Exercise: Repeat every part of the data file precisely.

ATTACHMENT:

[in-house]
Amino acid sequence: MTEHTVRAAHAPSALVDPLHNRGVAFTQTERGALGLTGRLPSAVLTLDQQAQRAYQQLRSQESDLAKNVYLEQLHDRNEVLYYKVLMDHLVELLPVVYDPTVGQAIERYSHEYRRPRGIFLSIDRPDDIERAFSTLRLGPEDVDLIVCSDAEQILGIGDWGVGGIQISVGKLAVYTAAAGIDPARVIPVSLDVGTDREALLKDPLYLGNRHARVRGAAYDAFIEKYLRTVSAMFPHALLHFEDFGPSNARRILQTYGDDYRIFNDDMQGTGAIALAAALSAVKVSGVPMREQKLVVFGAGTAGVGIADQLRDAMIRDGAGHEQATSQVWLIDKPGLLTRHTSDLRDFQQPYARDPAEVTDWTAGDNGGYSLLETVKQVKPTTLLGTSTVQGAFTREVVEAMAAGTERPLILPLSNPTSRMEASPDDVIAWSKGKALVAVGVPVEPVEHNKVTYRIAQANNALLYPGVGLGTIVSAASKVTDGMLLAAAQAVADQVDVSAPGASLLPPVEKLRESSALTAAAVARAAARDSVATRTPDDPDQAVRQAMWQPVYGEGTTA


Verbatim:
[in-house]
Amino acid sequence: MTEHTVRAAHAPSALVDPLHNRGVAFTQTERGALGLTGRLPSAVLTLDQQAQRAYQQLRSQESDLAKNVYLEQLHDRNEVLYYKVLMDHLVELLPVVYDPTVGQAIERYSHEYRRPRGIFLSIDRPDDIERAFSTLRLGPEDVDLIVCSDAEQILGIGDWGVGGIQISVGKLAVYTAAAGIDPARVIPVSLDVGTDREALLKDPLYLGNRHARVRGAAYDAFIEKYLRTVSAMFPHALLHFEDFGPSNARRILQTYGDDYRIFNDDMQGTGAIALAAALSAVKVSGVPMREQKLVVFGAGTAGVGIADQLRDAMIRDGAGHEQATSQVWLIDKPGLLTRHTSDLRDFQQPYARDPAEVTDWTAGDNGGYSLLETVKQVKPTTLLGTSTVQGAFTREVVEAMAAGTERPLILPLSNPTSRMEASPDDVIAWSKGKALVAVGVPVEPVEHNKVTYRIAQANNALLYPGVGLGTIVSAASKVTDGMLLAAAQAVADQVDVSAPGASLLPPVEKLRESSALTAAAVARAAARDSVATRTPDDPDQAVRQAMWQPVYGEGTTA